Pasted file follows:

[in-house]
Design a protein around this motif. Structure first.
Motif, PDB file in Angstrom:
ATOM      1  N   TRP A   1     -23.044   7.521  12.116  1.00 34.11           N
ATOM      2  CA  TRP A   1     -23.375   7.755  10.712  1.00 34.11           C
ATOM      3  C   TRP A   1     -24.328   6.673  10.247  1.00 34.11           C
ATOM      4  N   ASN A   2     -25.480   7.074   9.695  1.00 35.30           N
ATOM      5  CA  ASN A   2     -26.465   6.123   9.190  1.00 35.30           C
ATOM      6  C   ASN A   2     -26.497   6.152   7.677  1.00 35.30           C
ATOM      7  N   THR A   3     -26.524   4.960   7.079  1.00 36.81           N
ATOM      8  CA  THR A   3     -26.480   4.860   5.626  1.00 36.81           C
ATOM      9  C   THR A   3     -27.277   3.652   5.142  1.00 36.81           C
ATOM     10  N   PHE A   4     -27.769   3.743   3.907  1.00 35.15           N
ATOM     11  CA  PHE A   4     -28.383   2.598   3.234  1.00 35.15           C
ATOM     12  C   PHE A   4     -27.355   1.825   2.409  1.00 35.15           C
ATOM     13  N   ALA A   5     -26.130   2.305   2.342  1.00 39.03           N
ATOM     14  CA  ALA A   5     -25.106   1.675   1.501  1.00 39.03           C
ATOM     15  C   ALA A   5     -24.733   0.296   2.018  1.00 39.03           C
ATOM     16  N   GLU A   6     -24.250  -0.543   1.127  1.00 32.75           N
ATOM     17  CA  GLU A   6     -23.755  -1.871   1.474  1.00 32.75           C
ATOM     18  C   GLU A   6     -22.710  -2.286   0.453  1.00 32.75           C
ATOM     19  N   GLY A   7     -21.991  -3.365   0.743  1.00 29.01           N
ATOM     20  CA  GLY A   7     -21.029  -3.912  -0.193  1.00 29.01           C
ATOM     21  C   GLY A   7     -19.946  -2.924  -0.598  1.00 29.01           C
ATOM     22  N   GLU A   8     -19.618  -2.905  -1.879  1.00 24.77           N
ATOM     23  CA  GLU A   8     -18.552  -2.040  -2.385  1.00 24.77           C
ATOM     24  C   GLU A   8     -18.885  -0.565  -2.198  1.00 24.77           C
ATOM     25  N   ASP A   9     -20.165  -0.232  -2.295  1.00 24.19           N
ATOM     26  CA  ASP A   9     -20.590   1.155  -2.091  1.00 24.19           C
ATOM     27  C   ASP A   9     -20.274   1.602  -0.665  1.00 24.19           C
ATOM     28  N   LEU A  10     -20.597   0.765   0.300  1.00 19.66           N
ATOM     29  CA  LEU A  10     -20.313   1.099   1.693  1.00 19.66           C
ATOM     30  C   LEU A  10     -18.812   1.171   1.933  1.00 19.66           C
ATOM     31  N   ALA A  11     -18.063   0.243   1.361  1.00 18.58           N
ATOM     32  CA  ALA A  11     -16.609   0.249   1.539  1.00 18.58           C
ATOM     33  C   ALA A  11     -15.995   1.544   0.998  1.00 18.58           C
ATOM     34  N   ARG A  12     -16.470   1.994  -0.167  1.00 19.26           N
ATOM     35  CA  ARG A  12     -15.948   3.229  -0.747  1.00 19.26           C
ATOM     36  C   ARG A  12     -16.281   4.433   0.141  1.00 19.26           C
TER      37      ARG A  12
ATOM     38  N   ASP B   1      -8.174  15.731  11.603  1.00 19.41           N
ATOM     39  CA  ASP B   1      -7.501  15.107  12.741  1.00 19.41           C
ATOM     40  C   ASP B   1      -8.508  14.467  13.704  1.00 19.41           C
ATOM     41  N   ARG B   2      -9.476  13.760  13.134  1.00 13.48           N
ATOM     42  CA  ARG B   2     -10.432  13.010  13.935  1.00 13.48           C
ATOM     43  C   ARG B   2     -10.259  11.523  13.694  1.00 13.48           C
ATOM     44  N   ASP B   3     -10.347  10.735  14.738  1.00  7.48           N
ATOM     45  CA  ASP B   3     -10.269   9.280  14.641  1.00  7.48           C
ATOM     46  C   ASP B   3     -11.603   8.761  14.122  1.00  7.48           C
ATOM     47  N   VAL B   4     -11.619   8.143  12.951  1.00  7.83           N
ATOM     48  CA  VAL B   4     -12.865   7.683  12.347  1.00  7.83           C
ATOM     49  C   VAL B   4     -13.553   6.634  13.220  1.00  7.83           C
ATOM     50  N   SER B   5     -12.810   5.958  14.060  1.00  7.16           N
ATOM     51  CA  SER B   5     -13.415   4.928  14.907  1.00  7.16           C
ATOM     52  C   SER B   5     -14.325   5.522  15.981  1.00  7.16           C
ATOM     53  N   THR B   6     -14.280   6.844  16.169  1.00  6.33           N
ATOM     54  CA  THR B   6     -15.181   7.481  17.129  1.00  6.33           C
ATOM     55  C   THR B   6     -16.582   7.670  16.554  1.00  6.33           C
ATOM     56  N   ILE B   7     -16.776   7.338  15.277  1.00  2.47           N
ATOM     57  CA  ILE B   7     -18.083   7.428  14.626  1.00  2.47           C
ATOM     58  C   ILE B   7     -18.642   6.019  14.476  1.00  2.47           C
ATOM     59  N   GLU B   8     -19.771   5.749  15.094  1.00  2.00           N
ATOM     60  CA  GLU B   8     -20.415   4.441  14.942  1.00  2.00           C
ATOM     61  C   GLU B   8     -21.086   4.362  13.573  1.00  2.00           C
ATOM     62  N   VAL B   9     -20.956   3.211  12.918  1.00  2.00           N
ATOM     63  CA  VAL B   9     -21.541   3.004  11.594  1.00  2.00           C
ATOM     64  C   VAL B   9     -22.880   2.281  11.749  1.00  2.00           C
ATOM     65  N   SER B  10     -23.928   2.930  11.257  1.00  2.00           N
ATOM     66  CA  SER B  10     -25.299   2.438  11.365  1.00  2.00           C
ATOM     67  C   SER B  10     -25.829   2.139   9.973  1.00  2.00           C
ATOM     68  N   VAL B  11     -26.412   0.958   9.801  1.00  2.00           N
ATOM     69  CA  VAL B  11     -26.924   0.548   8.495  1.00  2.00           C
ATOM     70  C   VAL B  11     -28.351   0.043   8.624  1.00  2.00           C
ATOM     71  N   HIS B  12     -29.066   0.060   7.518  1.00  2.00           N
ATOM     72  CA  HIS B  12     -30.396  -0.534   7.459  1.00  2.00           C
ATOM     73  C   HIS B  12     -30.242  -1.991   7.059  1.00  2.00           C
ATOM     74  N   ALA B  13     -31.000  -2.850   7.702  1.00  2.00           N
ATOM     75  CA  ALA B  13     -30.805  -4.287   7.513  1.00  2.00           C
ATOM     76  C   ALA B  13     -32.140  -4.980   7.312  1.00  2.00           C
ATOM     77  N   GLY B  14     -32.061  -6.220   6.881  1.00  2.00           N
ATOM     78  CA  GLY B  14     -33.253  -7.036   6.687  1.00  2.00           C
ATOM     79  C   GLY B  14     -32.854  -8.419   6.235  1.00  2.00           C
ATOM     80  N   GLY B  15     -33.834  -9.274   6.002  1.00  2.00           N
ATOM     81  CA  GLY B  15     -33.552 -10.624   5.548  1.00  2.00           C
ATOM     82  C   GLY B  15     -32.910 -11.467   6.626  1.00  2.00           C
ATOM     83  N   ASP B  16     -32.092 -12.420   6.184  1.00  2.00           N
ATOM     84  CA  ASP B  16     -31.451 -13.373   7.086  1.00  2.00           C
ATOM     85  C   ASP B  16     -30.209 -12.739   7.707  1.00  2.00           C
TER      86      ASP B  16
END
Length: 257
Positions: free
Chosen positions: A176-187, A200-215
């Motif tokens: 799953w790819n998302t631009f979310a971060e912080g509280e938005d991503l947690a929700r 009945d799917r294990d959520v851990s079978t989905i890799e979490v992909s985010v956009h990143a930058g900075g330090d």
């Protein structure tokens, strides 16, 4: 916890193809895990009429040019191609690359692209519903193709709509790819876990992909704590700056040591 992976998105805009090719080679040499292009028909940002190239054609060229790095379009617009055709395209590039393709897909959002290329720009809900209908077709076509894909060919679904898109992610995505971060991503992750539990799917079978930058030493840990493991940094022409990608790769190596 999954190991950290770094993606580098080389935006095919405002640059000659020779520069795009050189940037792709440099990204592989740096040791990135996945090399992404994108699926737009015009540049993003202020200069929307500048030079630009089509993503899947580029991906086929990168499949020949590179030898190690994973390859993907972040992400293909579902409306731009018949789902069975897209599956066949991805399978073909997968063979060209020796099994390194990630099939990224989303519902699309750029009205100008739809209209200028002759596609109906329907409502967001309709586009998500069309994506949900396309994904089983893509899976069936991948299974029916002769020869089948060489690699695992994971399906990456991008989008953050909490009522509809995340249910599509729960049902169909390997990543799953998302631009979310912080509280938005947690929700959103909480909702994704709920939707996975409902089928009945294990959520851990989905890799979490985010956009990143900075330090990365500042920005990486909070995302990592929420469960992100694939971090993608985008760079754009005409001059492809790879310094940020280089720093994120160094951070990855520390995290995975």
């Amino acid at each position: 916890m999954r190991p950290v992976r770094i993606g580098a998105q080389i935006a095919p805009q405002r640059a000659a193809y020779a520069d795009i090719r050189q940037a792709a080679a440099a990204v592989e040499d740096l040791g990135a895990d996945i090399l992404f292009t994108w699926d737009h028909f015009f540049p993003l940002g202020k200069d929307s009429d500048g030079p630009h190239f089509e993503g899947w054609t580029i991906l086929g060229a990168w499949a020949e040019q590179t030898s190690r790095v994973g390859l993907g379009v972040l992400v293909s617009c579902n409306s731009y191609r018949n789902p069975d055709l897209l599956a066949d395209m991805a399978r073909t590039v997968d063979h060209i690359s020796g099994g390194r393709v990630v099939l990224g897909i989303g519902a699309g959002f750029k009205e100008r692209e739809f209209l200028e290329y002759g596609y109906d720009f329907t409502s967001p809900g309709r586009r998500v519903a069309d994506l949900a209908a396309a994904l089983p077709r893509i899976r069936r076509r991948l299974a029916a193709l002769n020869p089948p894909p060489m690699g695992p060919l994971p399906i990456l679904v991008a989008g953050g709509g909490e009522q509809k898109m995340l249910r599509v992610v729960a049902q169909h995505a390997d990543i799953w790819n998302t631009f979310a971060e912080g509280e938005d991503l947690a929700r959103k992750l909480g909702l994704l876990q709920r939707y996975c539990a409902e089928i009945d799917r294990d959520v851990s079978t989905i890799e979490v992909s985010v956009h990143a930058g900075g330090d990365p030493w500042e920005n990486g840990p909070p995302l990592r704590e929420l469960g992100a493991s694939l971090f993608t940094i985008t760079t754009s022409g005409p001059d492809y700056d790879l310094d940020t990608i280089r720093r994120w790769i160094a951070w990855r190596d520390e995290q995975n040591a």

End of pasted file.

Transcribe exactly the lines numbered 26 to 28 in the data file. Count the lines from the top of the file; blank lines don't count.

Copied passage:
ATOM     23  CA  GLU A   8     -18.552  -2.040  -2.385  1.00 24.77           C
ATOM     24  C   GLU A   8     -18.885  -0.565  -2.198  1.00 24.77           C
ATOM     25  N   ASP A   9     -20.165  -0.232  -2.295  1.00 24.19           N